which he held, possessed, or controlled on the assessment date of that year.
Likewise, the term owner has been defined by the Legislature for purposes of
See footnote Under section 6-1.1-1-9(b) (West 2000), the general rule is that
the owner of tangible personal property is the holder of legal title to
nd. Code Ann. § 6-1.137-7(e) deals with the assessment of a
twenty percent (20%) undervaluation penalty. It provides in relevant part as follows:
If the total assessed value that a person reports on a personal property
return is less than the total assessed value that the person is required
by law to report and if the amount of the undervaluation exceeds five
percent (5%) of the value that should have been reported on the return,
then the county auditor shall add a penalty of twenty percent (20%) of
the additional taxes finally determined to be due as a result of the
undervaluation. . . . If a person has complied with all of the
requirements for claiming a deduction, an exemption, or an adjustment for abnormal obsolescence,
then the increase in assessed value that results from a denial of the
deduction, exemption, or adjustment for abnormal obsolescence is not considered to result from
an undervaluation . . . .
(emphasis added). The purpose of the undervaluation penalty is stated in Ind.
Admin. Code tit. 50, r. 4.2-2-10(d) (1996):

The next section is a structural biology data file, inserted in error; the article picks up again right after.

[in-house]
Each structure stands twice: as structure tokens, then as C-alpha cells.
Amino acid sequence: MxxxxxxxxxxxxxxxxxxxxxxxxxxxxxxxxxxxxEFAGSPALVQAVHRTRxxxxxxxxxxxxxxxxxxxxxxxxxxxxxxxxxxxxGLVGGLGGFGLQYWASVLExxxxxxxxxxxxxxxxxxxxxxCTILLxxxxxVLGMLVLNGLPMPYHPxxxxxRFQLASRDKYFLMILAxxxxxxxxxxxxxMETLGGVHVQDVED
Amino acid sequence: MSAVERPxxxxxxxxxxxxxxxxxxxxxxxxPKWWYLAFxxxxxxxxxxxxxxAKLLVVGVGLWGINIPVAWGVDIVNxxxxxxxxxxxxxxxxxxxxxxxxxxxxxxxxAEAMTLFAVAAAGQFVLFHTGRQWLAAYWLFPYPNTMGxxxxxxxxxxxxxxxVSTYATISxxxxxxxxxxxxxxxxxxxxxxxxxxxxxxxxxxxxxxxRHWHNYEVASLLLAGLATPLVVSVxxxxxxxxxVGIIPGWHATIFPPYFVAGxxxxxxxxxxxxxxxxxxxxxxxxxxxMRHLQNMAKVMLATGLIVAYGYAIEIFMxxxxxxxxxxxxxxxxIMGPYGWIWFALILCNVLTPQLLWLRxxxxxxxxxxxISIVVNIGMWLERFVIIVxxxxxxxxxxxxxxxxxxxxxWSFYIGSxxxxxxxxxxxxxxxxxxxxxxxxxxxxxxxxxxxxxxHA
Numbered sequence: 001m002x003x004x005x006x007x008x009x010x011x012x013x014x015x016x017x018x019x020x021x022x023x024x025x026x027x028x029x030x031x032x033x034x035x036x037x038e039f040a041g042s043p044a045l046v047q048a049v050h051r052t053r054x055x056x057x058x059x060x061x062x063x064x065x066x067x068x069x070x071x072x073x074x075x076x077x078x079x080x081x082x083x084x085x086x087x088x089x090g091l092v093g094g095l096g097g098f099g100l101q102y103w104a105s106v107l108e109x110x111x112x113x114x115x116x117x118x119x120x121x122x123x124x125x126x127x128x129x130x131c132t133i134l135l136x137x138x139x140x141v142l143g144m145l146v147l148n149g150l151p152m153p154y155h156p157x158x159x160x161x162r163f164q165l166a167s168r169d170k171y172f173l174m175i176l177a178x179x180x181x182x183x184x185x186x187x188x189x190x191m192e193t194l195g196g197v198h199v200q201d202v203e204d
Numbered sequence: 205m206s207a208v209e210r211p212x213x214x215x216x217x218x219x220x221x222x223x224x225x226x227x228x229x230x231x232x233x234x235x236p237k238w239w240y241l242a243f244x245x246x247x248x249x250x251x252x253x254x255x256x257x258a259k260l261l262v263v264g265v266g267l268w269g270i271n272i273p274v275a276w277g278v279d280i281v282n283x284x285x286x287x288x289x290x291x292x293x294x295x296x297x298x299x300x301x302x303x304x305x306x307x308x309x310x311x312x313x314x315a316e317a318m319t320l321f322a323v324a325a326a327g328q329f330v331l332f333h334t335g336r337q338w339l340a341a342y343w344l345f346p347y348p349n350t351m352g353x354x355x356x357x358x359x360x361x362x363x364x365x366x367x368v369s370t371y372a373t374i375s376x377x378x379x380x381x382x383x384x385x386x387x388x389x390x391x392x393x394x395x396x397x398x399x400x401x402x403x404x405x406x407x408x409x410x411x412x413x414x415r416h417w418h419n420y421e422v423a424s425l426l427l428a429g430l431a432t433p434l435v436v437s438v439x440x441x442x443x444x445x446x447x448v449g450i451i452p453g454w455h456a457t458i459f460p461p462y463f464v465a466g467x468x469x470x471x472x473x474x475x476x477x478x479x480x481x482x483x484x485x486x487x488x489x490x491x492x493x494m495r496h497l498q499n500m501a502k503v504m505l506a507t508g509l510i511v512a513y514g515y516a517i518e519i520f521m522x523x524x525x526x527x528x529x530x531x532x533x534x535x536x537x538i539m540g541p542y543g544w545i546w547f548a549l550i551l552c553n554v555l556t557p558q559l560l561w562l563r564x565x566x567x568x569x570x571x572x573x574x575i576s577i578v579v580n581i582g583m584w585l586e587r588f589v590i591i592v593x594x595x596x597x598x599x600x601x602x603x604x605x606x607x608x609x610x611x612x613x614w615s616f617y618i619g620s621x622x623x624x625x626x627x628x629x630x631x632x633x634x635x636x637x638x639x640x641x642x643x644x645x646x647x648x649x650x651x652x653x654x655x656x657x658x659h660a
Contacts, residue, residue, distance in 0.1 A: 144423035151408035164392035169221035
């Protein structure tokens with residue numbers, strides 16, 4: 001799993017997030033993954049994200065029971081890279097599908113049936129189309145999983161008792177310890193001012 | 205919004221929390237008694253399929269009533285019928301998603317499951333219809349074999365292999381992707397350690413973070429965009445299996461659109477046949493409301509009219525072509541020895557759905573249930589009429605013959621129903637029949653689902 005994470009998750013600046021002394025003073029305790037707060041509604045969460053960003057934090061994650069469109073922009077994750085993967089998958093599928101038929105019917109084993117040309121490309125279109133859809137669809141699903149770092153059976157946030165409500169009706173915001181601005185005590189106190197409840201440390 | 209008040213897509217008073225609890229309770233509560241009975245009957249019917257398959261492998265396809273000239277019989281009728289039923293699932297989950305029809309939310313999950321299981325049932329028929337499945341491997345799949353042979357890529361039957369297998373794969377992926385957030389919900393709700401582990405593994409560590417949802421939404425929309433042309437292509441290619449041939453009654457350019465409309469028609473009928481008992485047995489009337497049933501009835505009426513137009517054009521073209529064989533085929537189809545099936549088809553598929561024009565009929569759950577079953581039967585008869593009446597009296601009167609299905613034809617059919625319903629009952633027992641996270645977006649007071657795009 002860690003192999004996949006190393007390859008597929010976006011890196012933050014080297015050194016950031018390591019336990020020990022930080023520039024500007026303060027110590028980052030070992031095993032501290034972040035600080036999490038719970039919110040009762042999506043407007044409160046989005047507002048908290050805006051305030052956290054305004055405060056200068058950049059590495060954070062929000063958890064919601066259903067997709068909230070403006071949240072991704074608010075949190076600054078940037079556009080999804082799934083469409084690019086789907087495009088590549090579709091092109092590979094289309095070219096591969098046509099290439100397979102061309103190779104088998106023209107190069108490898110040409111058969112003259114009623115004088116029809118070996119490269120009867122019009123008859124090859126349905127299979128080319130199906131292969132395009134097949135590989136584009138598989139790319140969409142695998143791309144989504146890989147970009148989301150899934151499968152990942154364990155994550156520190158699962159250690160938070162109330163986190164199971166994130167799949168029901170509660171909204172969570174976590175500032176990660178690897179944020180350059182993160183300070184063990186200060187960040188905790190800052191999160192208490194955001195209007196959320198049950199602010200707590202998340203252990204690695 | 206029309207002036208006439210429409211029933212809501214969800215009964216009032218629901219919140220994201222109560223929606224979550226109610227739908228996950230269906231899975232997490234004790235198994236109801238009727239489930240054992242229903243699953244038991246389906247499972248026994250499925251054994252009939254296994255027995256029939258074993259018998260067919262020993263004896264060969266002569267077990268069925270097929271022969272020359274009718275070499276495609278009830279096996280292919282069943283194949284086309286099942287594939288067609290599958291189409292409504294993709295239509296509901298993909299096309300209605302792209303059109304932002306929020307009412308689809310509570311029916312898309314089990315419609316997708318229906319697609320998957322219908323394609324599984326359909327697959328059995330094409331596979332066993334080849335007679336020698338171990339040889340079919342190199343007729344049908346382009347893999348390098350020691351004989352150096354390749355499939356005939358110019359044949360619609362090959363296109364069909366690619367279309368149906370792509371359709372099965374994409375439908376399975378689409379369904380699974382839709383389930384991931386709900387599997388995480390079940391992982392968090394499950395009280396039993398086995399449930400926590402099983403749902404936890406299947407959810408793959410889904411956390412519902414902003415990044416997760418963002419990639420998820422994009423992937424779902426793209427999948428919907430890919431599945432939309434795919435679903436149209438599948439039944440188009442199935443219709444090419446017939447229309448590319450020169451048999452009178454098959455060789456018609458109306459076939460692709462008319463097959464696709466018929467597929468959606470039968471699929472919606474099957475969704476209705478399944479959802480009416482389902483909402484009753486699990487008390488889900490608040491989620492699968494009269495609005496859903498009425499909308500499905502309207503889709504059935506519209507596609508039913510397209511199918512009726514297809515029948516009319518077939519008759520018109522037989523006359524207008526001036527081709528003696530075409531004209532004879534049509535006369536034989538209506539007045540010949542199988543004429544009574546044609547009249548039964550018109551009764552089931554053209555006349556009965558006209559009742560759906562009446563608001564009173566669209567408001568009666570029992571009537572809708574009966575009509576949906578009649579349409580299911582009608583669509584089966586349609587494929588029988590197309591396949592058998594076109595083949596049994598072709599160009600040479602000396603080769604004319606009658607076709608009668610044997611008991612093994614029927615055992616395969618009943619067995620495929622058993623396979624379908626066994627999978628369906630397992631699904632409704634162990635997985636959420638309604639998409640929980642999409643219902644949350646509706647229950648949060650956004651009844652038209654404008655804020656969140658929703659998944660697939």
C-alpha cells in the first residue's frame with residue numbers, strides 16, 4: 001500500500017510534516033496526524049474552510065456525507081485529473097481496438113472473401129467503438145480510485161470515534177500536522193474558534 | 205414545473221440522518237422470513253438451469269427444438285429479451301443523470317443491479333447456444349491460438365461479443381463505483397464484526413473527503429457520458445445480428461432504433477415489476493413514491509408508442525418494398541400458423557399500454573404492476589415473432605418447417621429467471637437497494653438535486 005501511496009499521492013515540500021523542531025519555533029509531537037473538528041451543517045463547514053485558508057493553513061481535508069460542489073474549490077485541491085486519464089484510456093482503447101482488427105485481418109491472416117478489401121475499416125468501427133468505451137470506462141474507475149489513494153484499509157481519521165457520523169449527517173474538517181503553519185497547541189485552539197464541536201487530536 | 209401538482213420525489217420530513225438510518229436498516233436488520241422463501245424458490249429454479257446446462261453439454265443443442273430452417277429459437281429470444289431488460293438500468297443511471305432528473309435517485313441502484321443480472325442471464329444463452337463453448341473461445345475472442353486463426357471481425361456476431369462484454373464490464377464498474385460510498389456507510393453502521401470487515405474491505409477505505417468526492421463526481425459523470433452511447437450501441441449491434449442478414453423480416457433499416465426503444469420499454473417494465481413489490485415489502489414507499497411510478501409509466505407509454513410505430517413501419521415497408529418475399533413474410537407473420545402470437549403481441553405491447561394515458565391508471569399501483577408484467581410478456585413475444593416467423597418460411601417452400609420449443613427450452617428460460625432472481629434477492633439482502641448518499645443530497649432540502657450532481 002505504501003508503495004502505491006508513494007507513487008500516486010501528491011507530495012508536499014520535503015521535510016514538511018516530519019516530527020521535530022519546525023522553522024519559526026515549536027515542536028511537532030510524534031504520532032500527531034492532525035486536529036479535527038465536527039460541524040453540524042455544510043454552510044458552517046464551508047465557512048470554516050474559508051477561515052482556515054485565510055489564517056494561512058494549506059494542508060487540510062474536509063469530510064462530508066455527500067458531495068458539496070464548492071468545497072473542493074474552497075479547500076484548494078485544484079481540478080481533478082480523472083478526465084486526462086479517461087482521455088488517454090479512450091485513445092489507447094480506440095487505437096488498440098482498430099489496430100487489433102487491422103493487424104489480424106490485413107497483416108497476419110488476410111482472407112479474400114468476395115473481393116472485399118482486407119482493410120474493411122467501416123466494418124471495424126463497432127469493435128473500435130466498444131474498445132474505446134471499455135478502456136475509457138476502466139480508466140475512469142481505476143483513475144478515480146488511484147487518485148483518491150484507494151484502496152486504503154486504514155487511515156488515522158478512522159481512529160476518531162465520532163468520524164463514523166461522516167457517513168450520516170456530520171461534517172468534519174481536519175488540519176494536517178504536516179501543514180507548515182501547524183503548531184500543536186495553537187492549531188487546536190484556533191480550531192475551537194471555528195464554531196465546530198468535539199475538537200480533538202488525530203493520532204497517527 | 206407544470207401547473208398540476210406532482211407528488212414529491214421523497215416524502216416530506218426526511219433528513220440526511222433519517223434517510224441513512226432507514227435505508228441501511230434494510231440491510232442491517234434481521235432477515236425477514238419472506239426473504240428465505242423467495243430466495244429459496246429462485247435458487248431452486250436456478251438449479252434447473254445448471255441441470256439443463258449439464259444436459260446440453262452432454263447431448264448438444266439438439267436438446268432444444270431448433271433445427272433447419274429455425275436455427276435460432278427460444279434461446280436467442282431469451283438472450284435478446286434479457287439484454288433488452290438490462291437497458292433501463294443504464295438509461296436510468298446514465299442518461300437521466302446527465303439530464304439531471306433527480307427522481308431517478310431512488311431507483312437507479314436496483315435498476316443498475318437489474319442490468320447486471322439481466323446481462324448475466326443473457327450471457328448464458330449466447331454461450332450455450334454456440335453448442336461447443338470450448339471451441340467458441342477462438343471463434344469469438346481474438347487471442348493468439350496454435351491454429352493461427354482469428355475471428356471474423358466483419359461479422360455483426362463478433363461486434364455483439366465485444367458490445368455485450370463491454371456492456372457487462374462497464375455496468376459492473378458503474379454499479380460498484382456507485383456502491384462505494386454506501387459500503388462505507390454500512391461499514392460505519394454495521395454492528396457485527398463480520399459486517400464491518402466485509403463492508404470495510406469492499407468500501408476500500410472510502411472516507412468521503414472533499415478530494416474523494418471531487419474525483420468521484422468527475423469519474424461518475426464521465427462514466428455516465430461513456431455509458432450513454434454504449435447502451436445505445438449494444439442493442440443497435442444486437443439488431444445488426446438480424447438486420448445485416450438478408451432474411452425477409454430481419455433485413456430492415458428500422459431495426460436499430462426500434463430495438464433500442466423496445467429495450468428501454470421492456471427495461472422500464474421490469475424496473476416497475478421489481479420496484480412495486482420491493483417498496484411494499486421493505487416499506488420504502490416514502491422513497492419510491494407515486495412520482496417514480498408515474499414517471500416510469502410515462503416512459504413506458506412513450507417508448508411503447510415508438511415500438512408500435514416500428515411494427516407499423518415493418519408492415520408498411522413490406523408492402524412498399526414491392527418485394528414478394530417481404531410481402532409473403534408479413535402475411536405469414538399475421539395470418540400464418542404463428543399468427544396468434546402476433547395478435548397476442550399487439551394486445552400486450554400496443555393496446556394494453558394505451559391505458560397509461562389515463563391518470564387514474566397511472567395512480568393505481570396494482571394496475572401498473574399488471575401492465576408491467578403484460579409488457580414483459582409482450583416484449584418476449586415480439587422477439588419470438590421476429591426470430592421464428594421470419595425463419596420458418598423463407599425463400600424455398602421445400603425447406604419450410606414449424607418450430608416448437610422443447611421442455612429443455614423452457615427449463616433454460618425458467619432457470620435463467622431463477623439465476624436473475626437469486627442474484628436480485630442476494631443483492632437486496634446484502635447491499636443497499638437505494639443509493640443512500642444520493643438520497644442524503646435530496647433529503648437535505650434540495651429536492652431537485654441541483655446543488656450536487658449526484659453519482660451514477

The purpose of the twenty percent (20%) penalty is to ensure a complete
disclosure of all information required by the state board on the prescribed self-assessment
personal property form(s). This enables the township assessor, county board of review,
and state board to carry out [its] statutory duties of examining returns each
year to determine if they substantially comply with the rules of the state
board. This examination cannot take place if all required information is not
shown on the self-assessment return form.
It is not the purpose of this provision to impose a penalty on
a person who has made a complete disclosure of information required on the
assessment return form. . . .
An exception to the mandatory penalty exists only if the taxpayer has complied
with all of the requirements for claiming a deduction, an exemption or an
adjustment for abnormal obsolescence or permanently retired equipment.
See id. See
also Ind. Ann. Code § 6-1.1-37-7(e). If such deduction, exemption, or adjustment